The Supreme Court issued its decision this morning in the closely-watched case New Process Steel, L.P. v. NLRB. The issue in the case was whether decisions of the National Labor Relations Board that were decided by only two Board Members are valid.
The National Labor Relations Act (“Act”) established a five-member NLRB and requires that the Board have a quorum of three members to decide cases. Like the Courts of Appeals, the Board can decide cases in three-member panels, with two members constituting a quorum. Faced with impending vacancies on the Board, in 2007 the four remaining members delegated all of their powers to a group of three Members, one of whose terms expired a few days later. Thereafter, the Board took the position (relying on an opinion from the DOJ), that the remaining two Members could continue to issue decisions as a “quorum” of the group even though one of the members was no longer a part of the Board.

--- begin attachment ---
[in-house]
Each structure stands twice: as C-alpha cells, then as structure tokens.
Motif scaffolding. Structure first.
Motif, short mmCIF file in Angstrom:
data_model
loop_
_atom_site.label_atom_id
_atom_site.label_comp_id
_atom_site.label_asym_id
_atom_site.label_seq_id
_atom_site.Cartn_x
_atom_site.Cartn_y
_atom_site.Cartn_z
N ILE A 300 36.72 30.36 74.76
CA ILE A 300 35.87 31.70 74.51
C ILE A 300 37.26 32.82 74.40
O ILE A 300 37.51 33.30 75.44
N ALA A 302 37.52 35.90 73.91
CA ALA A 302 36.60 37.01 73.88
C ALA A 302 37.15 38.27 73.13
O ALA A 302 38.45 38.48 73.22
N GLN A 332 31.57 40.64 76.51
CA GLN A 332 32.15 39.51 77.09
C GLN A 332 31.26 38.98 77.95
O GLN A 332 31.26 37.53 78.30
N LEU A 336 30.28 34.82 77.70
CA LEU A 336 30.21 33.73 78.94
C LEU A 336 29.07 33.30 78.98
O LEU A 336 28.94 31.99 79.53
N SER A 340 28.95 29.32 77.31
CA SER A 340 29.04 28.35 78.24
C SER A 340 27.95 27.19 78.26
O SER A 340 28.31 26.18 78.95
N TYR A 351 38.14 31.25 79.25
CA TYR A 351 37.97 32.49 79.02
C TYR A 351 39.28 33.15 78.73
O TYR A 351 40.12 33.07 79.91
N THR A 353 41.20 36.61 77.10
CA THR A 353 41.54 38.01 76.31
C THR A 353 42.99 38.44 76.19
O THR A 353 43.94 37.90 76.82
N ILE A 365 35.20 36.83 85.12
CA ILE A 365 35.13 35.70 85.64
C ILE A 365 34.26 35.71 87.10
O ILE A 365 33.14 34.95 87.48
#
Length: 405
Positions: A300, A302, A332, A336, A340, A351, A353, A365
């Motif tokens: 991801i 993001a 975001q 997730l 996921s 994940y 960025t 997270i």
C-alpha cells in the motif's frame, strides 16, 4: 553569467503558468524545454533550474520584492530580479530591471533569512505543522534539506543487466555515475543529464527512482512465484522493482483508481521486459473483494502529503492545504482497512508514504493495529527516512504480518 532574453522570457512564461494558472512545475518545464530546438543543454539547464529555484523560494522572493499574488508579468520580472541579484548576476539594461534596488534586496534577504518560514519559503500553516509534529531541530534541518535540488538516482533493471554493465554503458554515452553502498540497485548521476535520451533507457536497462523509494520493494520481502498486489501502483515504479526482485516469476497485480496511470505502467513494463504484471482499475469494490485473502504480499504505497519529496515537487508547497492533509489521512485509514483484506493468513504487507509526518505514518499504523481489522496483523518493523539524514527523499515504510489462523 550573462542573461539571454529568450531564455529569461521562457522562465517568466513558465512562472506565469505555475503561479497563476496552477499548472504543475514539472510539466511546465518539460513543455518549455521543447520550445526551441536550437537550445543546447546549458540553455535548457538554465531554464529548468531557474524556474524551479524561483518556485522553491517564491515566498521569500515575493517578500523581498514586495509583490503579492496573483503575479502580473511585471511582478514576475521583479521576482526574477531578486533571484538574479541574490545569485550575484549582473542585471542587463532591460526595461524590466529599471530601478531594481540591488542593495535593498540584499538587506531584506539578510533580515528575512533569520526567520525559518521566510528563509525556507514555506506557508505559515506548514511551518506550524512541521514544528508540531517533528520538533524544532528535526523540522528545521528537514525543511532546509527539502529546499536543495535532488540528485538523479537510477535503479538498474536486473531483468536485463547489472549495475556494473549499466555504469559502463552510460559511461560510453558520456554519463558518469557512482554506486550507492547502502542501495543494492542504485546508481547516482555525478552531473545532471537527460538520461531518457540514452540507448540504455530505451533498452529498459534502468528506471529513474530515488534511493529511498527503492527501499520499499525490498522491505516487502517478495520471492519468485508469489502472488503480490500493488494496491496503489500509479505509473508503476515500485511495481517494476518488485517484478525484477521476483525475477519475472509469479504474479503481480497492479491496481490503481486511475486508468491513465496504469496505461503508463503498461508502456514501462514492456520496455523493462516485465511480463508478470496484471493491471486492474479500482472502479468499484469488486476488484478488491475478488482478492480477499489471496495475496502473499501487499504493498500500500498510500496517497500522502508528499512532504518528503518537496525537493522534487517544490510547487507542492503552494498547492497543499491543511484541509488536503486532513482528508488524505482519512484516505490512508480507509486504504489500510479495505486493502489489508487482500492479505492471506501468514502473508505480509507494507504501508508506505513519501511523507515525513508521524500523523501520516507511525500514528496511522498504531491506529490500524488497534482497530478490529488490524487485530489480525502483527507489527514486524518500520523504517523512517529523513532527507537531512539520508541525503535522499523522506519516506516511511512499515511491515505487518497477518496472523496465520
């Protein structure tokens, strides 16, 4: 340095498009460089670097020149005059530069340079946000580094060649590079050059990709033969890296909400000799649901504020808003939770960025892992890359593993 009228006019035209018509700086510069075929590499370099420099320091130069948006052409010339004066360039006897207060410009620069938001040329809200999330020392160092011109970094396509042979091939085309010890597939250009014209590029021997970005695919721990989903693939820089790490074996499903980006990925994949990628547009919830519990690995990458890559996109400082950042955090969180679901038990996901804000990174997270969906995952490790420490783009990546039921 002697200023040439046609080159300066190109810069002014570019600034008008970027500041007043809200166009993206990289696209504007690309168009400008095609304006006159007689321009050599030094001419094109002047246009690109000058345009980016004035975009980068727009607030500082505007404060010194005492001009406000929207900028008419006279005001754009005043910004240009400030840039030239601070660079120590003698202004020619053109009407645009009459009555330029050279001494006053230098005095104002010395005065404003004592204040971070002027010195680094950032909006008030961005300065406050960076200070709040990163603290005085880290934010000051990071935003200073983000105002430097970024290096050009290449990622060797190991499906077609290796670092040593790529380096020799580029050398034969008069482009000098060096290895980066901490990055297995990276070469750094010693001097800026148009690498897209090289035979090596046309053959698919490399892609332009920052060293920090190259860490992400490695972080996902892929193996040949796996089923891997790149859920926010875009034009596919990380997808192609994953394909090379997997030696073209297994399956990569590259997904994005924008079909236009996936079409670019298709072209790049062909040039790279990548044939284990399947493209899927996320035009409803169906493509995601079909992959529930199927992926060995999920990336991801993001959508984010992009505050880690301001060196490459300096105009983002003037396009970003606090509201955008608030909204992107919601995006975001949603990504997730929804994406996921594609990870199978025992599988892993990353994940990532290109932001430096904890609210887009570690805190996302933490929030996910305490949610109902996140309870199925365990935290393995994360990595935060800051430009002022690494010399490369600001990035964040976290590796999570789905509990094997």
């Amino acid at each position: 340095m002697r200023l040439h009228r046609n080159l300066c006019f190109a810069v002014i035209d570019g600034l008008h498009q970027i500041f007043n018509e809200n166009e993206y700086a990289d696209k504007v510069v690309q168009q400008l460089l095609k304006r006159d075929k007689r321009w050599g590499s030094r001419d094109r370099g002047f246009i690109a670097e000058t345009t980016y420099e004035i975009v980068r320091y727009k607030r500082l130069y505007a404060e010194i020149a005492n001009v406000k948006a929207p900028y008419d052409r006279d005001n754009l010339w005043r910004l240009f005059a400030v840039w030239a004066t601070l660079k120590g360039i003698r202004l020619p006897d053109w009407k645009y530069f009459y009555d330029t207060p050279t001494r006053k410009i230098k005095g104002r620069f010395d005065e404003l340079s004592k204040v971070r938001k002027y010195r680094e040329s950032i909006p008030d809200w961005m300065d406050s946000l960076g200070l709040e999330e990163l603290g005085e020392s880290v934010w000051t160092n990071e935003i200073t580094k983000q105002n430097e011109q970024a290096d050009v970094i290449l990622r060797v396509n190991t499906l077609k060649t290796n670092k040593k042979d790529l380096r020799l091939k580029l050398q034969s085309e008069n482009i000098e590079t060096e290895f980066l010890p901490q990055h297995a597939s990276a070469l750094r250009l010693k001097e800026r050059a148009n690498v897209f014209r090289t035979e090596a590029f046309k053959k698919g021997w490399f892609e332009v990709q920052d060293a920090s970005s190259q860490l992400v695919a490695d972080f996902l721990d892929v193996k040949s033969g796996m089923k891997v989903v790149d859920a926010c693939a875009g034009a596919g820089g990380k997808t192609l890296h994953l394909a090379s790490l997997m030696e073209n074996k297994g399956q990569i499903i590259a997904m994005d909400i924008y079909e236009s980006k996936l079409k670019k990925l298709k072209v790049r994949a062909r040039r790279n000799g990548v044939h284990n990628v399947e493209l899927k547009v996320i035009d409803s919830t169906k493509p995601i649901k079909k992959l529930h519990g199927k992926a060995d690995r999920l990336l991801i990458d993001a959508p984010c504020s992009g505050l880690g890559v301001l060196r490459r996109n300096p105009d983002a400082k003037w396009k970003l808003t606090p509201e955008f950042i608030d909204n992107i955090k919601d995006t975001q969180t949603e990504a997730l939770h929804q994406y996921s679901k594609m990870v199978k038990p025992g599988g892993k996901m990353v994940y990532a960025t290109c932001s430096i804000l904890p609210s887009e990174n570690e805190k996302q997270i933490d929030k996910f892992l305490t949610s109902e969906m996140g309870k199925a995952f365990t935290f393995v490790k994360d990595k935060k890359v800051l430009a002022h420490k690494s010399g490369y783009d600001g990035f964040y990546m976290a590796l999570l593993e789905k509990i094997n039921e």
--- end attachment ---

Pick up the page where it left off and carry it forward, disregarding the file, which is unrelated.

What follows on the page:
Not surprisingly, many employers and unions challenged the Board’s authority to issue decisions with only two Members. The Supreme Court granted cert. in New Process to resolve this important question of labor law.
The Court held that the plain language of the statue, as well as the Board’s history of not acting when it lost a quorum, supported New Process’ interpretation of the statute. The vote was 5-4, with Justice Stevens writing the majority opinion, which concluded that:
If Congress wishes to allow the Board to decide cases with only two members, it can easily do so. But until it does, Congress’ decision to require that the Board’s full power be delegated to no fewer than three members,and to provide for a Board quorum of three, must be given practical effect rather than swept aside in the face of admittedly difficult circumstances. Section 3(b), as it currently exists, does not authorize the Board to create a tail that would not only wag the dog, but would continue to wag after the dog died.
GT and Richie & Gueringer, P.C. represented New Process Steel before the Supreme Court.